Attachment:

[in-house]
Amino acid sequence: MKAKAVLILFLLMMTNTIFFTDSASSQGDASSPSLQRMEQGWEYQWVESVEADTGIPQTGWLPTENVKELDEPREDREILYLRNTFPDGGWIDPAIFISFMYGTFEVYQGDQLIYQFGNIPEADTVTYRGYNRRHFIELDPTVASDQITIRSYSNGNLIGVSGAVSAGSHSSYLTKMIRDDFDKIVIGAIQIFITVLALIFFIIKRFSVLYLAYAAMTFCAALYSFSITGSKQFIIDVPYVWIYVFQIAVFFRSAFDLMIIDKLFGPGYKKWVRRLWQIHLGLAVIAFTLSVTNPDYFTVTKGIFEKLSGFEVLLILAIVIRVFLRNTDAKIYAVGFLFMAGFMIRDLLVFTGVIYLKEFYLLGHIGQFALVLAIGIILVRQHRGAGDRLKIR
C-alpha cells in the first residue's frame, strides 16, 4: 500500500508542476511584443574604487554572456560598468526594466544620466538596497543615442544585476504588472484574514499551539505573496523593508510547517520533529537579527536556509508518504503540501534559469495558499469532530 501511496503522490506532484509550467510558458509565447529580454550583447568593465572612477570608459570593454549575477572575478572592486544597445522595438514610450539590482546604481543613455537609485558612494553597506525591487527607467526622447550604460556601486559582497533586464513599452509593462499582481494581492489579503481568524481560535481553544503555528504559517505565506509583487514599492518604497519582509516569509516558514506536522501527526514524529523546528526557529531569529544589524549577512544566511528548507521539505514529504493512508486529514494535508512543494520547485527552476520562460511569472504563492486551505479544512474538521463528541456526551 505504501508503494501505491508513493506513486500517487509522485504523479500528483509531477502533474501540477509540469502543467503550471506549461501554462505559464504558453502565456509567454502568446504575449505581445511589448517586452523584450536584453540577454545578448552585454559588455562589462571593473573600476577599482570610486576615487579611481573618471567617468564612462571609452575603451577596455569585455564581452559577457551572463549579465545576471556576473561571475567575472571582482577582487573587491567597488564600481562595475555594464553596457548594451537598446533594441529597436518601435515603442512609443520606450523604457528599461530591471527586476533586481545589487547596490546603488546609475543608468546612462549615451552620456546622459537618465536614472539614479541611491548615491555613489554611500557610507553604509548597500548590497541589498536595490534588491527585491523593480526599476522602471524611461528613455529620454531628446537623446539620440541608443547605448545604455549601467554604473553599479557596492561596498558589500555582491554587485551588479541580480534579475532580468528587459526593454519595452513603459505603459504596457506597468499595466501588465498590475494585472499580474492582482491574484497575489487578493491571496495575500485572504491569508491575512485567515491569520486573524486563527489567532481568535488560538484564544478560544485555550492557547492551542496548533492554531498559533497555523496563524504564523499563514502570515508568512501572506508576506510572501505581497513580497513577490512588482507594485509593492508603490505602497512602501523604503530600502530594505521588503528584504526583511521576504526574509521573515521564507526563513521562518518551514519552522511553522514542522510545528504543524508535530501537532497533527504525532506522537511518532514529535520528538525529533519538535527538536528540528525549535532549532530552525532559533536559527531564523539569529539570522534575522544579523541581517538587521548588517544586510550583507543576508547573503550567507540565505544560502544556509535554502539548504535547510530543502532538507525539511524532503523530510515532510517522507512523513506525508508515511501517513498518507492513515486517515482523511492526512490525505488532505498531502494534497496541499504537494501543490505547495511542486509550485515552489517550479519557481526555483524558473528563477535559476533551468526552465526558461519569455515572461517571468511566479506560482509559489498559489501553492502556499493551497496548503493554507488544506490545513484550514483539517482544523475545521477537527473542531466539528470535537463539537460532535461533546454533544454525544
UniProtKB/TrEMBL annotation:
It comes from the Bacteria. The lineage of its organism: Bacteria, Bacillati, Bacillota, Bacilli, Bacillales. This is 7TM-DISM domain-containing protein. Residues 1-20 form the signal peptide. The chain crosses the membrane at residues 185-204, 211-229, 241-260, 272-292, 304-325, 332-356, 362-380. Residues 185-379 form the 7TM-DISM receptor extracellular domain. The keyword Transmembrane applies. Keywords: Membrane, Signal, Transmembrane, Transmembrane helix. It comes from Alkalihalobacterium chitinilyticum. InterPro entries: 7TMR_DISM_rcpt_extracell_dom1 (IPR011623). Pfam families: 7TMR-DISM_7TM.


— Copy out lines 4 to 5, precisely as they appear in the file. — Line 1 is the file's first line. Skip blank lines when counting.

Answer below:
UniProtKB/TrEMBL annotation:
It comes from the Bacteria. The lineage of its organism: Bacteria, Bacillati, Bacillota, Bacilli, Bacillales. This is 7TM-DISM domain-containing protein. Residues 1-20 form the signal peptide. The chain crosses the membrane at residues 185-204, 211-229, 241-260, 272-292, 304-325, 332-356, 362-380. Residues 185-379 form the 7TM-DISM receptor extracellular domain. The keyword Transmembrane applies. Keywords: Membrane, Signal, Transmembrane, Transmembrane helix. It comes from Alkalihalobacterium chitinilyticum. InterPro entries: 7TMR_DISM_rcpt_extracell_dom1 (IPR011623). Pfam families: 7TMR-DISM_7TM.